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Alberta Online Encyclopedia

125 Years: The Prairie Legacy of the Mounted Police

by Ken Tingley

...cont'd

After delving into the RCMP records at the National Archives, I realized that scarcely a worse year could have been chosen to represent the history of the force. To meet the challenge of the Rebellion, the NWMP hastily recruited reinforcements, many of whom could not meet the necessary requirements or standards. The police were stationed at Fort the dispensary at Fort Macleod Saskatchewan, not Edmonton. The year was further characterized by low morale, leading to an outright mutiny, where a skull-and-crossbones flag was run up the pole at Fort Saskatchewan. Commissioner Lawrence Herchmer was required to come north from Calgary to get things under control, and a number of the men were disciplined or discharged.

Furthermore, the men were involved with several altercations with the local citizens, for which they were taken to task in the Edmonton Bulletin by its fiery editor, Frank Oliver. The barracks, which had housed smallpox sufferers, was understandably considered unsanitary. The men were suffering more than the expected level of syphilis. I could go on - and, in my innocence, I did in my report, much to the horror of the interpretive staff at Fort Edmonton Park. My first historical research project almost became my last.

NWMP barracks at GrouardDespite such discrepancies between the legendary and fictional Mounted Policeman and the historical reality, the myth is largely built on a solid basis of service to the community over the years. This often took place through the small detachments which were spread across the Canadian prairies, where the force became the first line of defence against crime and catastrophe. Author Alan Phillips, in the Living Legend, describes how, after a farmer committed suicide near Wetaskiwin, Alberta, the local RCMP constable produced an inventory of his holdings: three sections of wheatland, 60 head of cattle, 92 hogs and 14 horses. He then had to "hire three men to thresh the grain, haul it in to the elevator, fatten the stock, sell it as it became marketable and turn the money over to the public administrator, meanwhile investigating the death and locating a brother in Norway."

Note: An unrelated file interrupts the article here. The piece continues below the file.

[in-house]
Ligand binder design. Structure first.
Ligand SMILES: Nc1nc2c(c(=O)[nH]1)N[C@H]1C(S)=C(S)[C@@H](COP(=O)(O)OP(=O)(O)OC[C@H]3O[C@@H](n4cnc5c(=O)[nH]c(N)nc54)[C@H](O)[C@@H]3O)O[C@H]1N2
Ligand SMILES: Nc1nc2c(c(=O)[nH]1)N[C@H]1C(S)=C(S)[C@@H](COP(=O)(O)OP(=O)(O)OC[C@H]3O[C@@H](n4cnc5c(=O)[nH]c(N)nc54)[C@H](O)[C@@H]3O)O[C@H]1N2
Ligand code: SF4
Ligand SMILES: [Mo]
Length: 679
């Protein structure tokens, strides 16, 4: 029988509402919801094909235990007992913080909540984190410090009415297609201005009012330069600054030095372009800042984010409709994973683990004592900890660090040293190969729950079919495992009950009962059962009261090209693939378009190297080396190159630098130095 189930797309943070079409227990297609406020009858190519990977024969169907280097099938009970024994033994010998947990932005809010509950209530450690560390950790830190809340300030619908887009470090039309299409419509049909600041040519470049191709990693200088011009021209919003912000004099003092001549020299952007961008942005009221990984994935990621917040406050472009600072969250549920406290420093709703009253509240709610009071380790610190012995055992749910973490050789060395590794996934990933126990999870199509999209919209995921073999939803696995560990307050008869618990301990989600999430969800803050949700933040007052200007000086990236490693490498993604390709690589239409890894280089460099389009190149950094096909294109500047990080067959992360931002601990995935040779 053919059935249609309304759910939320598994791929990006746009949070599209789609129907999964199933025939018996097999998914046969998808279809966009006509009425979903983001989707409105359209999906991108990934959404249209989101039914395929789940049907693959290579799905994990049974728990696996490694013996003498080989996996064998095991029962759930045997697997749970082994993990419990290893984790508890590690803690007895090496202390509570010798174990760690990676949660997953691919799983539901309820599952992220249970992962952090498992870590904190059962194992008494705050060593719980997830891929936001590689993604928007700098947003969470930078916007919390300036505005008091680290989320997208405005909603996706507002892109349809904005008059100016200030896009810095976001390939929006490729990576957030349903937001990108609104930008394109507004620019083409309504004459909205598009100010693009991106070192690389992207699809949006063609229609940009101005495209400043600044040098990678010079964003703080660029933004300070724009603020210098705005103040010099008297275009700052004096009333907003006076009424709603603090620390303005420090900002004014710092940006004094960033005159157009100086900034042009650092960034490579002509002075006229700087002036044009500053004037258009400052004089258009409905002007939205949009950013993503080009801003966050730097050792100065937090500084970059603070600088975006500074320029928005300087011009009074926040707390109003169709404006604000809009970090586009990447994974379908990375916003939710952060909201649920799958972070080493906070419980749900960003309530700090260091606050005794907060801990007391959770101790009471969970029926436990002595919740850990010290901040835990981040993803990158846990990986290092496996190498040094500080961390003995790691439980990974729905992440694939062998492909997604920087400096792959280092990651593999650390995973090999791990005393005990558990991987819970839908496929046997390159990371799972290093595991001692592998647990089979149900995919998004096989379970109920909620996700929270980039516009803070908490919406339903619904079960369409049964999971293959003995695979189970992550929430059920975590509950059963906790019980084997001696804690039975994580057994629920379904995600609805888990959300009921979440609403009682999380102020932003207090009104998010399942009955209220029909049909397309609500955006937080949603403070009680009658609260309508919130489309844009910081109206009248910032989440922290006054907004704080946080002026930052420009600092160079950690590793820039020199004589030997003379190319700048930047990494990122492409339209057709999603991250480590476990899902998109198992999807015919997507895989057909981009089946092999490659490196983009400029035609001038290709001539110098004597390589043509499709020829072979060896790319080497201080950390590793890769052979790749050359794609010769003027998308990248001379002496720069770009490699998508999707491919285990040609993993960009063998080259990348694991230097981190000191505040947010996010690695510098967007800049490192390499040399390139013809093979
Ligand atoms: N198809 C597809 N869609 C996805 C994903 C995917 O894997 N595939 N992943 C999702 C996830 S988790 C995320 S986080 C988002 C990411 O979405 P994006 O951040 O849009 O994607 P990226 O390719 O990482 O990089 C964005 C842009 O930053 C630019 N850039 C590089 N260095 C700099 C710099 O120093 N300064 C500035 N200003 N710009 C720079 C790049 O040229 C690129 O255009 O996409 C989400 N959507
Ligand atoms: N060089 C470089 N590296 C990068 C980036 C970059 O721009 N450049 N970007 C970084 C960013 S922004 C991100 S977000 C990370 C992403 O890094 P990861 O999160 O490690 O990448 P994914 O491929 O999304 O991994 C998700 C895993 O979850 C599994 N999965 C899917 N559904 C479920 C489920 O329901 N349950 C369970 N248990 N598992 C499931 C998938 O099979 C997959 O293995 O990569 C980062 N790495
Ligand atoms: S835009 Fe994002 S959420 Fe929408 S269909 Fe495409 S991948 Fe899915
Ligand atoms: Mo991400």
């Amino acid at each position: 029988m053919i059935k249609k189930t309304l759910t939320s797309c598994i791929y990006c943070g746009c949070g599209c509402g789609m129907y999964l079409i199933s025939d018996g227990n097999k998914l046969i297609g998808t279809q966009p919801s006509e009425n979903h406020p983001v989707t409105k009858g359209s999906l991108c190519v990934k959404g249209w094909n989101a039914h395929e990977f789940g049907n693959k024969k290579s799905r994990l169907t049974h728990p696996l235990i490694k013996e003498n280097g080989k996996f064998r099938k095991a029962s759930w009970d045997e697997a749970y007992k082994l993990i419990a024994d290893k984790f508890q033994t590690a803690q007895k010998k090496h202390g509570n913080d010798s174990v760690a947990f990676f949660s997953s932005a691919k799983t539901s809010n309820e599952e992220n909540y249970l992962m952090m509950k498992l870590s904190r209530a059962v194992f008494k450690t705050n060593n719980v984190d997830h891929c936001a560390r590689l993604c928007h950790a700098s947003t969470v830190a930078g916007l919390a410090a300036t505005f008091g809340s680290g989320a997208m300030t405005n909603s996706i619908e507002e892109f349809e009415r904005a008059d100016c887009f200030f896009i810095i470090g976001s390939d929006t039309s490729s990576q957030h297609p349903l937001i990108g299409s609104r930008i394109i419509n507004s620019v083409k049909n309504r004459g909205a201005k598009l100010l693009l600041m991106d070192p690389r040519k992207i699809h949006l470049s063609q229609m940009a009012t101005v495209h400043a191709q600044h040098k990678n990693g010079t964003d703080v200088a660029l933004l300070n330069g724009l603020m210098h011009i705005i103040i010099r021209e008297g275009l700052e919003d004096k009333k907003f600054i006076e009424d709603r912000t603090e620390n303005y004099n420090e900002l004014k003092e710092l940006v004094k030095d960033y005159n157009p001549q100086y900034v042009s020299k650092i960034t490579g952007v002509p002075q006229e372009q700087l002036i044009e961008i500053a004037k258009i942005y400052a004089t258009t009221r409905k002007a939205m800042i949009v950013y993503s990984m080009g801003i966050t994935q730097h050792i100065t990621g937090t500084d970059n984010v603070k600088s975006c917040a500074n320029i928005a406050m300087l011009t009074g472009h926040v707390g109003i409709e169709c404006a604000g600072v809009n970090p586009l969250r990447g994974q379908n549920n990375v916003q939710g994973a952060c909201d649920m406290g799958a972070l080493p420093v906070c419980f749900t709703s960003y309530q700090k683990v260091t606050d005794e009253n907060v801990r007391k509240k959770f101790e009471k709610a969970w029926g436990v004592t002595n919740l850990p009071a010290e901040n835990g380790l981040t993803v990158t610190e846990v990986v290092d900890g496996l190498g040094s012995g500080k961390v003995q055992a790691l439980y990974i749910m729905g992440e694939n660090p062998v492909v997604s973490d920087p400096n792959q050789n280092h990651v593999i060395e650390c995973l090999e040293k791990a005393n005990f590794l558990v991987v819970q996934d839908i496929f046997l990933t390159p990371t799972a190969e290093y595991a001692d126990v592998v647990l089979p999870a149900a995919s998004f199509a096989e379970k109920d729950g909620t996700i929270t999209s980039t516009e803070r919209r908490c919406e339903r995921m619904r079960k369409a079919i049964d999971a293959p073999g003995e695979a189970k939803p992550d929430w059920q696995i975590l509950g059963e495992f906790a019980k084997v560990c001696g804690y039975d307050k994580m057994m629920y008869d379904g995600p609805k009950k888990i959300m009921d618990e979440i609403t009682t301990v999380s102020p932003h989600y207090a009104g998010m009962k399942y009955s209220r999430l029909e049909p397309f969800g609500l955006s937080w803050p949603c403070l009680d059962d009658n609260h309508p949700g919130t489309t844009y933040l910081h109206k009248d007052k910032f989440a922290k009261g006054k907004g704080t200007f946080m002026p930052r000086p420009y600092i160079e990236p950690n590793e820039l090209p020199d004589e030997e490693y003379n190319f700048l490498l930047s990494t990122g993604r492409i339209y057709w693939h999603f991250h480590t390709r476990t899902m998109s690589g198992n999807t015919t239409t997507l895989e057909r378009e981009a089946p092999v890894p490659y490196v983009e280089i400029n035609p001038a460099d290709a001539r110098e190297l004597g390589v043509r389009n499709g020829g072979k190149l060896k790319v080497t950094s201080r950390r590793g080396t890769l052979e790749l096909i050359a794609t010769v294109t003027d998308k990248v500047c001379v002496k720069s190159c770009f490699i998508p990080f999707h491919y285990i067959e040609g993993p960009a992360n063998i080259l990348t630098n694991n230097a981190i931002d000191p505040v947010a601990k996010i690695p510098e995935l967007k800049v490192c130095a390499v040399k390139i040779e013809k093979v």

In the early years of Alberta, the North West Mounted Police constable had great powers and responsibilities, as justice of the peace, magistrate, and often as fire fighter or accountant. Rod Macleod, Professor of History at the University of Alberta and a noted authority on the history of the North West Mounted Police, feels that the force seldom abused this authority. His study of criminal court cases in the North-West Territories between 1874 and 1885 indicates that police tried over three quarters of criminal cases. No discernable statistical differences in the rate of convictions could be identified between these and cases tried by civilian magistrates. The crime rate among Native people in the prairie provinces was only about one-fifth of that of the general population, contrary to some opinion that the NWMP came down hard on the Indian. Macleod feels that "the true legacy from the force lies in the civil society which emerged on the western prairies." It could be found in the way in which disputes were resolved and the general fairness of that process.

Sleeping quarters at the NWMP headquarters, Fort Whoop-UpThe force also had a national legacy. When the provinces of Alberta and Saskatchewan were created from the North-West Territories in 1905, the federal police force might have been seen to have served its purpose. When it should be phased out when the frontier days in the Northwest were over. Macleod notes that a federal police force operating in the provinces was a "constitutional anomaly" since the provinces had been granted jurisdiction over policing under the British North America Act. He writes that "[the] decision to allow the Mounted Police to continue operating in Alberta and Saskatchewan after 1905 as provincial police was of the utmost significance for the future of law enforcement in Canada."